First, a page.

Populationsentwicklung und Gefährdung von Asplenium septentrionale auf Findlingen im Schweizer Mittelland und Jura
The calcifuge rock-dwelling fern Asplenium septentrionale is rare on the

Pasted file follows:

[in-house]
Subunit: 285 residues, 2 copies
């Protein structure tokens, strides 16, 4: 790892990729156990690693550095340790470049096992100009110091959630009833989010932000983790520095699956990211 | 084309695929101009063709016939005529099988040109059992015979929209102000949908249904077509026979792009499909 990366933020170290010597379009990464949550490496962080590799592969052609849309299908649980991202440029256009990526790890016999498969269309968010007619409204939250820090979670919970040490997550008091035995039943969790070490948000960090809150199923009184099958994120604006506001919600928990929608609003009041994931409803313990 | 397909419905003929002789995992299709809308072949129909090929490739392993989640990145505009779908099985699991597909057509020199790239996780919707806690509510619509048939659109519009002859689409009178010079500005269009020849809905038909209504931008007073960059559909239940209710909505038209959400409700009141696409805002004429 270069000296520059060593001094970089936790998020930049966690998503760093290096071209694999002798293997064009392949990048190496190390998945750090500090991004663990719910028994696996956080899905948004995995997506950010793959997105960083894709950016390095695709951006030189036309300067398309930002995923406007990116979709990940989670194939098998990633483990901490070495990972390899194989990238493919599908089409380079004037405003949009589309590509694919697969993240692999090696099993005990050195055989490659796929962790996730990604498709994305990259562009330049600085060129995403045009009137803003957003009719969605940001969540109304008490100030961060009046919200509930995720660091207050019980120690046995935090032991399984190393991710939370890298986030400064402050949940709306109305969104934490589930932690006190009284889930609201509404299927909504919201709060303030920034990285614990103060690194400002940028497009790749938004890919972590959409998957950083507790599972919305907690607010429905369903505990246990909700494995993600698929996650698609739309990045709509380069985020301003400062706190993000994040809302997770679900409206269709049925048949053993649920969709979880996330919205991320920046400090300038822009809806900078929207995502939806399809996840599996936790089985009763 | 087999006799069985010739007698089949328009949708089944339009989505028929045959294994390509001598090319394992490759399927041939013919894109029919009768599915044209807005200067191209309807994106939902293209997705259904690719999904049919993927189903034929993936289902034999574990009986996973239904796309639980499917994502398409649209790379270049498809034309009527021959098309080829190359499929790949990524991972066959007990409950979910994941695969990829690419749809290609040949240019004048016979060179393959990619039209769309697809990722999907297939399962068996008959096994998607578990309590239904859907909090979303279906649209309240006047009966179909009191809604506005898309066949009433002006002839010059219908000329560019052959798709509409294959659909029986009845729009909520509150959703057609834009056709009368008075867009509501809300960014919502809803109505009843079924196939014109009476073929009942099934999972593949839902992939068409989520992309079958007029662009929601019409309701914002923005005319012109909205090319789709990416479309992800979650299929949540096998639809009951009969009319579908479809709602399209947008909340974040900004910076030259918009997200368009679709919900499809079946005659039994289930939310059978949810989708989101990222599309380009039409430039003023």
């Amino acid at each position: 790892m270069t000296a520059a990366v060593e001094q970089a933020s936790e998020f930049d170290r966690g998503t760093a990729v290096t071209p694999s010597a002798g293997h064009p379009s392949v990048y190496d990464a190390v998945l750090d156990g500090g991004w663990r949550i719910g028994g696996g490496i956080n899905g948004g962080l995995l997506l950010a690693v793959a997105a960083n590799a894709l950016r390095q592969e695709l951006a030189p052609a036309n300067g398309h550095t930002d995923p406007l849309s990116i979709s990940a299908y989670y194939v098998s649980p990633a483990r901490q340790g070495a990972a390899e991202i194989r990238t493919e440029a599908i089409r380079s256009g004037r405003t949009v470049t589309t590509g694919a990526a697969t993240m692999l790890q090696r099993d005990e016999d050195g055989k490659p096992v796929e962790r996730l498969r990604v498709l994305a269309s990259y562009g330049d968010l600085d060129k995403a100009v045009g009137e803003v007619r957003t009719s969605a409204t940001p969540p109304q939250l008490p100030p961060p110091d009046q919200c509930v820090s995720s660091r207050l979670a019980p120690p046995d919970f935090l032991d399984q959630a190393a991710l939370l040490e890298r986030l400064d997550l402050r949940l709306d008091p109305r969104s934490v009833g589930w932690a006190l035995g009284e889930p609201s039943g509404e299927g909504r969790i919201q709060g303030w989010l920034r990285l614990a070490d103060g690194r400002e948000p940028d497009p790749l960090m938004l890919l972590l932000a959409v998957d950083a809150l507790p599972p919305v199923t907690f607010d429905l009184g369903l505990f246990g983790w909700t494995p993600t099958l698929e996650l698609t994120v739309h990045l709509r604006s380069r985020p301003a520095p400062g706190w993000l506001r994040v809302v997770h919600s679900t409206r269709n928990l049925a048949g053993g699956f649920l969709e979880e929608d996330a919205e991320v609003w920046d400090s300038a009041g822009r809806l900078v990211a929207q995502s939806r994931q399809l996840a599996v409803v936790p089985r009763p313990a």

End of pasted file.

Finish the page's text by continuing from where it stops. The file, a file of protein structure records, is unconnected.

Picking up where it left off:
Swiss Plateau and in the Jura region, where it exclusively inhabits siliceous erratic boulders. A historical scientific debate on the origin of A. septentrionale on erratic boulders – transportation during the ice ages by glaciers on erratic boulders vs. post-glacial long-distance colonization – underlines the importance of those populations for science history. In the present study, a census of A. septentrionale on erratic boulders on the Swiss Plateau and in the Jura region was conducted, since only little is known about the current distribution of these biogeographically remarkable populations. We reviewed herbaria and literature and revisited locations. In total, historical records from 17 populations were found. Of these, five were confirmed, four were extinct, and the status of eight further populations remained uncertain, because the records were not accurate enough to allow the exact erratic boulders to be found. Two well-documented recent populations in the canton of Zurich showed a decline in population size over the last 100 years. Only 72 individuals were found in total. Destruction of erratic boulders for construction and collection for herbaria were significant historical threats, while shading by vegetation and sport climbing (bouldering) are contemporary threats today. On the Swiss Plateau and in the Jura region, regionally rare lichen and bryophyte species unique to siliceous erratic boulders would also profit from conservation measures for A. septentrionale.